6 July 2012
Last updated at 07:56
East London's most famous son has returned to his roots with an exhibition of photographs of the East End spanning 50 years. From streetscapes to people in local pubs, Bailey's exhibition shows the ever-changing Cockney landscape.
The exhibition focuses on the 60s through to the 80s and recent years. The photographs - in colour and black and white - were captured with a range of cameras "because the attitude of the camera affects the way you take pictures". Those taken in the sixties have a "softness" and an "attitude", according to the photographer.
"Two happy ladies having a nice time, dressed rather smart for their time and period with their mad hairdos. When I look at it I just think of Knees Up Mother Brown."
Another local character in an East End pub. "This lady was probably only 25 or something. She could be 85," said Bailey. The 1960s section features images shot for an article on the infamous Kray twins that was never published as it coincided with their going to trial. "I used to do a lot in their pubs and clubs because I knew I was safe there," added Bailey.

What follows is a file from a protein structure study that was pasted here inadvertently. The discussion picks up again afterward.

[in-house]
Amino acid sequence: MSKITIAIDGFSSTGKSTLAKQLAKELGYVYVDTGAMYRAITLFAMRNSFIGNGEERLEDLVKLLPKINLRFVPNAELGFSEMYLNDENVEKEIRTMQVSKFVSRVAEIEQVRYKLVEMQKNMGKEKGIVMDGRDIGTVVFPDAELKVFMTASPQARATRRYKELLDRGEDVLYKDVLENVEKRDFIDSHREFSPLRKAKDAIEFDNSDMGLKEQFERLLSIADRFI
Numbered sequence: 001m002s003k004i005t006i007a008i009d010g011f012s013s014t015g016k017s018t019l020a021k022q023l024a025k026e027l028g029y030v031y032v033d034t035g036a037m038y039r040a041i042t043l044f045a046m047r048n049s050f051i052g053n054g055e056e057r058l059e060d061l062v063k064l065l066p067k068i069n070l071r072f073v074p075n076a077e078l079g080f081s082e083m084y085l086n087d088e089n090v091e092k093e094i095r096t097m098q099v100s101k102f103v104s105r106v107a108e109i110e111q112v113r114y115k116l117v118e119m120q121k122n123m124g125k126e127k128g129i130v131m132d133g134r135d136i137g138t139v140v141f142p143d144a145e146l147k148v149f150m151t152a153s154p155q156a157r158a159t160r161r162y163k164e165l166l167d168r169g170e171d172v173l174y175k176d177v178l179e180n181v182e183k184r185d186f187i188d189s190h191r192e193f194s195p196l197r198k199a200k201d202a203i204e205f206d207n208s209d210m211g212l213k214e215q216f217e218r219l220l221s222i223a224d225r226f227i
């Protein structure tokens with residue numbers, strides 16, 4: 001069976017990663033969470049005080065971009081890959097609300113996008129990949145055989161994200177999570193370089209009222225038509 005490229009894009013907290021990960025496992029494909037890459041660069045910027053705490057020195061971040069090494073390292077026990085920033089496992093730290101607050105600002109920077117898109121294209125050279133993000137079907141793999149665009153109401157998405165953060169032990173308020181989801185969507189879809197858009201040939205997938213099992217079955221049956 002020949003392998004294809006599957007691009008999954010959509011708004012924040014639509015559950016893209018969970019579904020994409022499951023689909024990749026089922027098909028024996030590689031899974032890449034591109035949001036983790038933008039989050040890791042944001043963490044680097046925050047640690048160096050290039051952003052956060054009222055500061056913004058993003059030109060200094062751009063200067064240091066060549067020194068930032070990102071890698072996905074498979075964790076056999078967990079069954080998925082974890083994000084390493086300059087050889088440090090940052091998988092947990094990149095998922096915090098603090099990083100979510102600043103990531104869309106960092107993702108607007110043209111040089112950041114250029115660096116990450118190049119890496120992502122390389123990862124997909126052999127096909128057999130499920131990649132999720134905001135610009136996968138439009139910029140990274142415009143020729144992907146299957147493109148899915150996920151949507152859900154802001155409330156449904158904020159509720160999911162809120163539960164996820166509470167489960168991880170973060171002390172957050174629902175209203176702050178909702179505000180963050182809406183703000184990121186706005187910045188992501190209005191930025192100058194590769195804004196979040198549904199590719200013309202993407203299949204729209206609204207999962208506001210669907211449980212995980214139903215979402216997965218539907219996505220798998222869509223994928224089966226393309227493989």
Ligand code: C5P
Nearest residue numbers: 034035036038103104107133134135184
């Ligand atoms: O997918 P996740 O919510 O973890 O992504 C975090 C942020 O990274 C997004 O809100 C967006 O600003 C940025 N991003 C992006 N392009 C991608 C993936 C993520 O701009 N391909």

Spitalfields, Brick Lane, Stratford and Newham all feature in the colour and black and white prints. There are images of east London high streets, unrecognizable today, with their old shop fronts and children playing in bombed out buildings.
In the eighties, Bailey returned to the Silvertown docks - where the exhibition is taking place - to record the area before much of it was levelled for redevelopment. Bailey used a German Linhof camera with expensive lenses to capture the eighties, "so they're much more clinical".
The photographs taken in recent years provide a visual record of the different groups of immigrants who have settled in the east of the city. "I just want my pictures to be there and people can make what they like of them". The exhibition runs from 6 July until 5 August at Compressor House, Royal Docks, Newham.